Tears Don't Care Who Cried Them:
I think that was the name of an old Patsy Cline song, wasn't it? Anyway, it fits the current plight of celebrities using the media to protest the war in Iraq
and then get whacked by the media and public for their efforts. Celebrities use the media to advertise the same way any packaged goods brand does. These days, celebrities and their supporting
publicity machines have proved to be masterful sources of fodder for gossip hungry media. Did you ever wonder why "Diva A" goes public with some kind of neurosis or debilitating disorder just when a
new album is ready to drop? Is it just a coincidence that Pop Star Z or Actor X admits a rehab stay just as a new project is flopping? It's not. So if Fleetwood Mac, The Dixie Chicks, Sean Penn or
John Mellencamp wants to use the podium to protest current geopolitical policy, they better be ready to take what comes. Don't get me wrong, artists have a right to "get up, stand up for their
rights." Their stand might result in respect from their old and new audiences. It might mean they've made a huge mistake. Or maybe (and this would be the best outcome) they feel so strongly about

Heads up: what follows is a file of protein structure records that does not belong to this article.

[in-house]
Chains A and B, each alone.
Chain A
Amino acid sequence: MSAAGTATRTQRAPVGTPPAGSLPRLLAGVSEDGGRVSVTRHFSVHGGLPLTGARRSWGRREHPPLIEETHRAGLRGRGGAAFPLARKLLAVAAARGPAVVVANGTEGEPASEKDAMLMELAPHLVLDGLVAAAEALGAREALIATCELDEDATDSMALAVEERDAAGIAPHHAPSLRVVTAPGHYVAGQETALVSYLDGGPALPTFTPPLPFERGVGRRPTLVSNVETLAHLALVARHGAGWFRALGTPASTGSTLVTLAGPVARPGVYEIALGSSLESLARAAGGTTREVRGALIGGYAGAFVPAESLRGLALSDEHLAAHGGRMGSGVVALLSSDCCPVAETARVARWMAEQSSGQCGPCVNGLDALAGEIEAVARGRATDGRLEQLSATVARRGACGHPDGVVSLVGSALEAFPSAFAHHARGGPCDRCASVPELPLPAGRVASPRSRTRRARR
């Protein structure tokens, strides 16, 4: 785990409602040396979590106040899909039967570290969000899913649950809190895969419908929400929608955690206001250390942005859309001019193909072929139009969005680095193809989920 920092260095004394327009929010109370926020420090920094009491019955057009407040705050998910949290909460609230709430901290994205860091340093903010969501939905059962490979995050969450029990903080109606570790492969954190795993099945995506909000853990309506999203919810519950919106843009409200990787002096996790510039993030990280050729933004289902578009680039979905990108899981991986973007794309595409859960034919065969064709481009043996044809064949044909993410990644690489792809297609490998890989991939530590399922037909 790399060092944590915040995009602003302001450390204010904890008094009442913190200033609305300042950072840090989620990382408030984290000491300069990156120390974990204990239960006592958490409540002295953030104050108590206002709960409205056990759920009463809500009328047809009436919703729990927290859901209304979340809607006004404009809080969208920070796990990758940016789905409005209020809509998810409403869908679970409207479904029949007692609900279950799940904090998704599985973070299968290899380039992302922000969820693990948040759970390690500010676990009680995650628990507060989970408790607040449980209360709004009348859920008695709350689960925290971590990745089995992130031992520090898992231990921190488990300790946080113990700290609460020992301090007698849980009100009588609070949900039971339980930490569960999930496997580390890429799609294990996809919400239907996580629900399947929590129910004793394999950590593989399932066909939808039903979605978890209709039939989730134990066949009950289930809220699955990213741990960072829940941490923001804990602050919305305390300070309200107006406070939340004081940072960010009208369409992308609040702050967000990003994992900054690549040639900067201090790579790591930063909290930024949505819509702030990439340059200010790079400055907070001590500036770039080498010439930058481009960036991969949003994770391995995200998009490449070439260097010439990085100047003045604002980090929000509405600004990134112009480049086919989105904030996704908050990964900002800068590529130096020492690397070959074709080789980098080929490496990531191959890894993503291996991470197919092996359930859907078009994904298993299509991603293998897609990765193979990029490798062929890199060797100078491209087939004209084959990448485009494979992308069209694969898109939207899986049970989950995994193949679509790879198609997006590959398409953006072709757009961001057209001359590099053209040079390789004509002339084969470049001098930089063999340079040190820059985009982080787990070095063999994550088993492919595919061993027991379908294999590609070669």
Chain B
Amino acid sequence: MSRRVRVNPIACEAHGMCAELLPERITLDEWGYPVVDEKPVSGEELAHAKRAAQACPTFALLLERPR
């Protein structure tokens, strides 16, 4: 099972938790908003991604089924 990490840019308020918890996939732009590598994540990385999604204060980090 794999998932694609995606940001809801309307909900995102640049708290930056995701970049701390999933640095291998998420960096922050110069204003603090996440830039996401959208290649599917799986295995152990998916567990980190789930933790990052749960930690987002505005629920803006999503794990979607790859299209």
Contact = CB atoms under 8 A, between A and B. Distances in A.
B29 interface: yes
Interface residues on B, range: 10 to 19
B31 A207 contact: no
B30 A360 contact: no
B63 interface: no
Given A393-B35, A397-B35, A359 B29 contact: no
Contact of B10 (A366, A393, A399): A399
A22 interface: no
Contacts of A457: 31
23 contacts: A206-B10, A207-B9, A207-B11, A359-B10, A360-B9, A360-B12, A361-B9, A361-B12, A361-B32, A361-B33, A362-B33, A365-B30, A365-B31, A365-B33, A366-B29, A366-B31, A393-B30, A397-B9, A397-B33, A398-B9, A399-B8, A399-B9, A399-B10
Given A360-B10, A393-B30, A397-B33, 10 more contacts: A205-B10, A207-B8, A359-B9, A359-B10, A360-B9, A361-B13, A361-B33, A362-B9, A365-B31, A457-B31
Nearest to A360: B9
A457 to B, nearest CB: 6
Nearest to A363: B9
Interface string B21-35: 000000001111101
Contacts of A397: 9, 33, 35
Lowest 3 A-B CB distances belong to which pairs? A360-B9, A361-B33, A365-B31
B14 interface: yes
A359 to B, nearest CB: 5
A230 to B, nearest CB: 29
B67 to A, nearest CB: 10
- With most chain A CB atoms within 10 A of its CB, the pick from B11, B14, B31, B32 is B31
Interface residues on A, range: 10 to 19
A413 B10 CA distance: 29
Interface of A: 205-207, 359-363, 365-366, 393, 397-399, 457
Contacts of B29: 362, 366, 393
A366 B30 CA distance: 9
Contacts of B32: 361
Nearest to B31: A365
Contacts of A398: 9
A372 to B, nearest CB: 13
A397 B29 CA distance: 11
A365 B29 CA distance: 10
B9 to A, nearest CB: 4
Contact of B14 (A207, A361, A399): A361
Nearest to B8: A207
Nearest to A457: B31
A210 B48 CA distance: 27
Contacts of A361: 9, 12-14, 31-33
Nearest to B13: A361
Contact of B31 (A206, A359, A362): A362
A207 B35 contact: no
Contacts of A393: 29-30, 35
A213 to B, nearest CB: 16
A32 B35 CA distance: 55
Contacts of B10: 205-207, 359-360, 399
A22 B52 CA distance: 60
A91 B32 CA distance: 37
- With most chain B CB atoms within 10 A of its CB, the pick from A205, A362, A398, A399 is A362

their stand and their music that they just don't care about the outcome. Bottom line, people not only judge artists by their "brand." Personally, I think it's a terrible development. But it's true.
I'm Bad; I'm Nationwide: Last week I heard a lot about the new American cowboy. But it seems to me we're still stuck on American Bad**s. Advertising in the latest issue of GQ (just for
example) tells me that I can achieve the state of Bad*ss by using the following products: Hummer SUVs (says it right in the tagline), Jeep, L'Oreal MegaGel, and Dolce and Gabbana shades. Now who took
my Kid Rock CD?
Last Call: I've heard the aforementioned anti-war songs. Lyrically, they pack the punch of a Larry King interview. Bob Dylan has nothing to worry about.